- Many women remain dependent upon their husbands
- According to UN about one in three married women from developing countries have no control over household spending
Improving rural women’s access to financial services is a proven strategy for contributing to rural women’s social and economic empowerment, as well as improving overall the livelihoods of rural households and communities.
According to FAO and World Bank, having access to financial services allows rural women to procure the inputs, labour and equipment they need for their agricultural or rural off-farm activities.
Accessible financial services also enable women to take better care of their children, as research shows that women spend most of their income and savings on their children’s education, nutrition and health
Many women remain dependent upon their husbands, according to UN about one in three married women from developing countries have no control over household spending on major purchases.
They further say; about one in 10 women are not consulted about the way their own earnings are spent.
In addition, women often have more limited opportunities for educational attainment, employment outside of the household, asset and land ownership, the inheritance of assets, and control over their financial futures in general.
Despite important advances in expanding access to formal financial services in the developing world in recent years, a significant access gap remains between men and women.
This is illustrated through a basic measure of financial inclusion: account ownership. According to the World Bank, only 58 percent of women hold an account in a formal financial institution globally, compared to 65 percent of men. This gender gap is even more pronounced between men and women in developing markets.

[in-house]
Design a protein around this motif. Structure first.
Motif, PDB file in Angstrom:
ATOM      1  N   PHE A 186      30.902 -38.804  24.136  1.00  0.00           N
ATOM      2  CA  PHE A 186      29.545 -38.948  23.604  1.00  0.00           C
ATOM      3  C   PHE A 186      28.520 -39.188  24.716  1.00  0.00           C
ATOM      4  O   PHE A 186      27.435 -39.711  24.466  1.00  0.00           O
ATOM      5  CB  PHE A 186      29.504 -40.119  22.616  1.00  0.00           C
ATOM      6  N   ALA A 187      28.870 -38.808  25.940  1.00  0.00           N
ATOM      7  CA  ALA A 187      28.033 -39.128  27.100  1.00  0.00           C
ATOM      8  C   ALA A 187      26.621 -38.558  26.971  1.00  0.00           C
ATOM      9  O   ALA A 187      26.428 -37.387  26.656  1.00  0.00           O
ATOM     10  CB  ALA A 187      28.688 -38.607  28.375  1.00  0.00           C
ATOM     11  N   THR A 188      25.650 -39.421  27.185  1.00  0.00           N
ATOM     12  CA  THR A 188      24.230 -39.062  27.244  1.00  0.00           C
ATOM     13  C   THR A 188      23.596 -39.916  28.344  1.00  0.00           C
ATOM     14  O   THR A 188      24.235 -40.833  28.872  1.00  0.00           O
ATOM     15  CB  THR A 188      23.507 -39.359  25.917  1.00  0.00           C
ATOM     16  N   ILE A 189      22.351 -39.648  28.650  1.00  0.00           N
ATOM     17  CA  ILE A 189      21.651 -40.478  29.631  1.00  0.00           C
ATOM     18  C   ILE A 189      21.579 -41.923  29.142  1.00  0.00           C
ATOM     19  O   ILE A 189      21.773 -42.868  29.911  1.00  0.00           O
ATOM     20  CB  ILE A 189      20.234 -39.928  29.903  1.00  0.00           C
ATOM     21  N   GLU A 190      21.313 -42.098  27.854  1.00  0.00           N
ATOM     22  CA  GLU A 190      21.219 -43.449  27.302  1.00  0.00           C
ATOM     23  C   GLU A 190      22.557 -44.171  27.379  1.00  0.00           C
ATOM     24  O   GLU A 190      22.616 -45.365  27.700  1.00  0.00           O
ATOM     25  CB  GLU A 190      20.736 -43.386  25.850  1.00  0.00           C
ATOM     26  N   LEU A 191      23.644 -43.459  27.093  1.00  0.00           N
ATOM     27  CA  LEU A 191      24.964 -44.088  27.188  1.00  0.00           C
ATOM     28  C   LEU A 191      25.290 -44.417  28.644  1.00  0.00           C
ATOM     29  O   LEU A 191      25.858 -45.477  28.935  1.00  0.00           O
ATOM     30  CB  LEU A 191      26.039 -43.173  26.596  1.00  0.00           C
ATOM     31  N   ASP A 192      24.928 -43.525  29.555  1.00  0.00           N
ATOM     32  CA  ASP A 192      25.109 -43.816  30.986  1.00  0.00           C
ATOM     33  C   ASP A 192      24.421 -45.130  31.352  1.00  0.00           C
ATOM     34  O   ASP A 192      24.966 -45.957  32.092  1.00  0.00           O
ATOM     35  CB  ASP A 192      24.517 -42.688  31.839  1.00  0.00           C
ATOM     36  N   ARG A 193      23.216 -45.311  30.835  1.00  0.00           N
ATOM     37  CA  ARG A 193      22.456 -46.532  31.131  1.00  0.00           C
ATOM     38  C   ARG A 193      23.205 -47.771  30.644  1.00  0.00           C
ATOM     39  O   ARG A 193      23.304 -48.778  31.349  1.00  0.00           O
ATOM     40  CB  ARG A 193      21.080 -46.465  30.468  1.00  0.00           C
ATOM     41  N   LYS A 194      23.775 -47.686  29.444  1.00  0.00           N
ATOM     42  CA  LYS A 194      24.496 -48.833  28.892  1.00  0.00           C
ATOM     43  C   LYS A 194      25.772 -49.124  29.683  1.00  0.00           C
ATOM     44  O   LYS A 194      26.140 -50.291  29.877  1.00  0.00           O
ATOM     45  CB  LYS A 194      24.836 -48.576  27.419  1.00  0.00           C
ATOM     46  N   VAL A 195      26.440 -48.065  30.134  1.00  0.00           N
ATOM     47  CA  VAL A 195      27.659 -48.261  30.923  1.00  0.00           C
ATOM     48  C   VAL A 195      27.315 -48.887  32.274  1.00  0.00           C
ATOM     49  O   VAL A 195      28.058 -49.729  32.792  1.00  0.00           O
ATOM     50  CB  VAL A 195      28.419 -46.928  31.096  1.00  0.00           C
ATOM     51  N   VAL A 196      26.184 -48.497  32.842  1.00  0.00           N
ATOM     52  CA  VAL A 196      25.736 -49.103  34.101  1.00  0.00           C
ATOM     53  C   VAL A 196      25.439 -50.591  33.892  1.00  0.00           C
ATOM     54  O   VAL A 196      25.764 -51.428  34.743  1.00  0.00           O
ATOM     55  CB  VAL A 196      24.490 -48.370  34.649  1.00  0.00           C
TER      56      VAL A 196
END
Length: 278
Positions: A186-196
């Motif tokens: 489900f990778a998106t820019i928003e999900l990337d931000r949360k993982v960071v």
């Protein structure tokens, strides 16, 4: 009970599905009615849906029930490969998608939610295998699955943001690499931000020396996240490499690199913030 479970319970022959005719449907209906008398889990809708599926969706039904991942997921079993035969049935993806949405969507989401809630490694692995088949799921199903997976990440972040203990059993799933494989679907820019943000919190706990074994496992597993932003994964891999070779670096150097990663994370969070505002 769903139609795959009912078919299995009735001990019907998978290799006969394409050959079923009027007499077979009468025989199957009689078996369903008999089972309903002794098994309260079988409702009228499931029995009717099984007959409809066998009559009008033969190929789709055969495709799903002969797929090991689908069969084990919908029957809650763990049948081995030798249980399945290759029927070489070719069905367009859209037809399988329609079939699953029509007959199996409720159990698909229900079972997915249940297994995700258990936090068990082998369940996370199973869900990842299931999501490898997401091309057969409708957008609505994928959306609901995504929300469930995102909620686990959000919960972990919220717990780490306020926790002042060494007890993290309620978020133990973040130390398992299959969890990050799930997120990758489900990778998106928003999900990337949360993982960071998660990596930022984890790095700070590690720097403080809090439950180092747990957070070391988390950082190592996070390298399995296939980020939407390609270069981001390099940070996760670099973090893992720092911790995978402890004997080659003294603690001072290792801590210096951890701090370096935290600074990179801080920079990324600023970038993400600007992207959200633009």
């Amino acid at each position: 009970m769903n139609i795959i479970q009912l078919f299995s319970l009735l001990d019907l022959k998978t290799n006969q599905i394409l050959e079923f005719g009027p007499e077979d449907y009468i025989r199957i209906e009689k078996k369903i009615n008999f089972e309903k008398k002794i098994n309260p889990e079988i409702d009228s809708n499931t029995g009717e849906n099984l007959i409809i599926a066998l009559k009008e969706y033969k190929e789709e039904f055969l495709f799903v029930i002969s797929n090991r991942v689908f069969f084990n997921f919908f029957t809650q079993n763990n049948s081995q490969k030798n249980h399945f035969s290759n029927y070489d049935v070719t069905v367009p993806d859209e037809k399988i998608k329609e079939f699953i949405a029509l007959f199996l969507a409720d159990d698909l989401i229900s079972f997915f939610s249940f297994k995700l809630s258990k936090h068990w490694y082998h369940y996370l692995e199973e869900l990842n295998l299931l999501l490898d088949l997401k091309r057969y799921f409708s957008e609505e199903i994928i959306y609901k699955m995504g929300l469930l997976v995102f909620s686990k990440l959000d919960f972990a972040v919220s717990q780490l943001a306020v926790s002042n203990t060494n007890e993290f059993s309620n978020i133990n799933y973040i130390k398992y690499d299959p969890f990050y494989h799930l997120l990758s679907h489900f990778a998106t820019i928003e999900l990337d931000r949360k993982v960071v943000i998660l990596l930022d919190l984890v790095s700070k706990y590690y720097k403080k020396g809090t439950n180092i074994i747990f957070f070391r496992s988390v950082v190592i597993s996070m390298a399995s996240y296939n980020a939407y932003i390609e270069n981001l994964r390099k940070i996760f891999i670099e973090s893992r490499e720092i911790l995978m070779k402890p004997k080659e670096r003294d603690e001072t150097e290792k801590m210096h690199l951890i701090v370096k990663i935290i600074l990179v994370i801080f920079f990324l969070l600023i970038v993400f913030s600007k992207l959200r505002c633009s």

Nevertheless, the availability of financial services is limited in rural areas, and the existing financial services intended for rural communities rarely benefit rural women. Women’s access to these services is constrained by several factors;
Social-culture and Gender roles: In many parts of the world, sociocultural norms and perceptions define what men and women are capable of, what they are allowed access to, and what their social and economic roles are.
These norms and their associated gender roles can become barriers to women’s access to financial services. For rural women, a substantial amount of their time is consumed by household activities, which increases their daily hours of work compared to their male counterparts.
This time burden prevents them from participating in more productive activities, thus limiting their ability to engage in financial endeavors.
Women’s gender roles limit not only their time but also their mobility, which further constrains their access to financial services.
Because of sociocultural restrictions, women are less mobile than men, which limits their ability to travel long distances to reach financial institutions, work in urban areas or even overseas.
Information access, financial literacy and education: Education is an essential asset for rural communities, as it gives them the capacity to access useful technologies and information, as well as acquire new skills to develop their rural on- and off-farm activities and improve their livelihoods.